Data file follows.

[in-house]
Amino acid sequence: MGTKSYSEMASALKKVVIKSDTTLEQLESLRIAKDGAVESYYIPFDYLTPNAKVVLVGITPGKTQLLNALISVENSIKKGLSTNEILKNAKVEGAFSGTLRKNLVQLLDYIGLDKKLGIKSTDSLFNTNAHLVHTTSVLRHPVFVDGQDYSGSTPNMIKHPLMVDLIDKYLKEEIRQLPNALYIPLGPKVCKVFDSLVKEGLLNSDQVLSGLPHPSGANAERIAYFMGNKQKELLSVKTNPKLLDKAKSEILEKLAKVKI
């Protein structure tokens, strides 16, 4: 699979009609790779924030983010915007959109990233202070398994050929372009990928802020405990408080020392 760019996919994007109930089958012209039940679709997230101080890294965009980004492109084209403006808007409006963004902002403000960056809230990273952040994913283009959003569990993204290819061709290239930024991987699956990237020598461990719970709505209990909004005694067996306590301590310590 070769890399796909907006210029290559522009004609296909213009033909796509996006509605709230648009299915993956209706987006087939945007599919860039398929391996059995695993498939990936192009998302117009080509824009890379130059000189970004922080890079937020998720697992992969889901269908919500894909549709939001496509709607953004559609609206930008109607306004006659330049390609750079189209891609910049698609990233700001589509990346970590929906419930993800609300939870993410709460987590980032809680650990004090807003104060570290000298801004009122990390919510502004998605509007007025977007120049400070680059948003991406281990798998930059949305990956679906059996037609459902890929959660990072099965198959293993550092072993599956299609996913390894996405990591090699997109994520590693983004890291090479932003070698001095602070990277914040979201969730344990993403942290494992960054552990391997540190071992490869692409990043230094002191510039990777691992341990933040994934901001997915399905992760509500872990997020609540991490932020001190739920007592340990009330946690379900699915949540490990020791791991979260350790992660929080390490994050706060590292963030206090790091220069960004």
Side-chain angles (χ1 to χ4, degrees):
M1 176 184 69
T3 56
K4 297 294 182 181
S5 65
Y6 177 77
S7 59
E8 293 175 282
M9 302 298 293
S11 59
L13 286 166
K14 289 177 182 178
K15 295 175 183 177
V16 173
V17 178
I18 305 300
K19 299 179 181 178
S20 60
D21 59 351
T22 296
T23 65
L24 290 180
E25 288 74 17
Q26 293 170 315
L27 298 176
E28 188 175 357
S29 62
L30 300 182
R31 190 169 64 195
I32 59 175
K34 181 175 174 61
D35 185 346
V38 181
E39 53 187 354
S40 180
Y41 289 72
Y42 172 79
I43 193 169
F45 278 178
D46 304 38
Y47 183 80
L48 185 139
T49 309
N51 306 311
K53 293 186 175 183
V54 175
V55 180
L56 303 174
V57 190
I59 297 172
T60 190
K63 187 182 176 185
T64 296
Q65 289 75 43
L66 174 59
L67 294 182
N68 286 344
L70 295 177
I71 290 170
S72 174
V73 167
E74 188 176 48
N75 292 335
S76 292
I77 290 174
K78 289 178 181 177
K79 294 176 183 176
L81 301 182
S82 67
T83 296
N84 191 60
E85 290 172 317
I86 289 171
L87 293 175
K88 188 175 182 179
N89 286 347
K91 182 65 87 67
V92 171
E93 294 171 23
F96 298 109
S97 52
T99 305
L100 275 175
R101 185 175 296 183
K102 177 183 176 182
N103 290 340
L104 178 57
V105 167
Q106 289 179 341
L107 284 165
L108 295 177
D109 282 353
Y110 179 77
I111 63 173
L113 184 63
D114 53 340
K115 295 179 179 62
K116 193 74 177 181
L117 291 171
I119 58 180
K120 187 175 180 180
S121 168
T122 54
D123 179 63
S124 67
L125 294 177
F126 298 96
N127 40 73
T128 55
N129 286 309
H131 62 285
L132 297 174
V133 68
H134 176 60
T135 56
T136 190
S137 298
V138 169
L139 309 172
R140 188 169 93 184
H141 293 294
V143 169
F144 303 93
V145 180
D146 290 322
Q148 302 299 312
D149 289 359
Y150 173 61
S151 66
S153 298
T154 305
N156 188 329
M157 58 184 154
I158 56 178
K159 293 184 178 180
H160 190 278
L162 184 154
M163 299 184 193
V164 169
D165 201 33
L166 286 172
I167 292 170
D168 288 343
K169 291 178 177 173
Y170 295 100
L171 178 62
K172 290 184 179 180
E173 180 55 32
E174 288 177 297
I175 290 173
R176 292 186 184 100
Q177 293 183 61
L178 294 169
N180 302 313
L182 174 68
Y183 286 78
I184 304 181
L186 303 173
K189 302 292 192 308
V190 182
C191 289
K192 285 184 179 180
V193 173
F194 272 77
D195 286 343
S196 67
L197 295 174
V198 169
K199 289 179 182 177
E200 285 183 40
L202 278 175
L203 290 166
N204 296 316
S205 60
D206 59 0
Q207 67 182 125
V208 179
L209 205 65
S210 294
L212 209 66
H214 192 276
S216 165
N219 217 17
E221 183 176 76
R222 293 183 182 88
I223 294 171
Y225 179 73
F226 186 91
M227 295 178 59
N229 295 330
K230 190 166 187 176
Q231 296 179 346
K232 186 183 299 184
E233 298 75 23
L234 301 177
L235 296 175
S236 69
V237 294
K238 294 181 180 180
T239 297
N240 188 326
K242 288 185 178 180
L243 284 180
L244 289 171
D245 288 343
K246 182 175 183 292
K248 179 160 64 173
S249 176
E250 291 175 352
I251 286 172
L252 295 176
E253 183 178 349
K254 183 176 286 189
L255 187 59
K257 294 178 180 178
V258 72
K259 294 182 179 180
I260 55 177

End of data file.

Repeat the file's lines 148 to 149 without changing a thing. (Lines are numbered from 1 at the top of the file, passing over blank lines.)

Y170 295 100
L171 178 62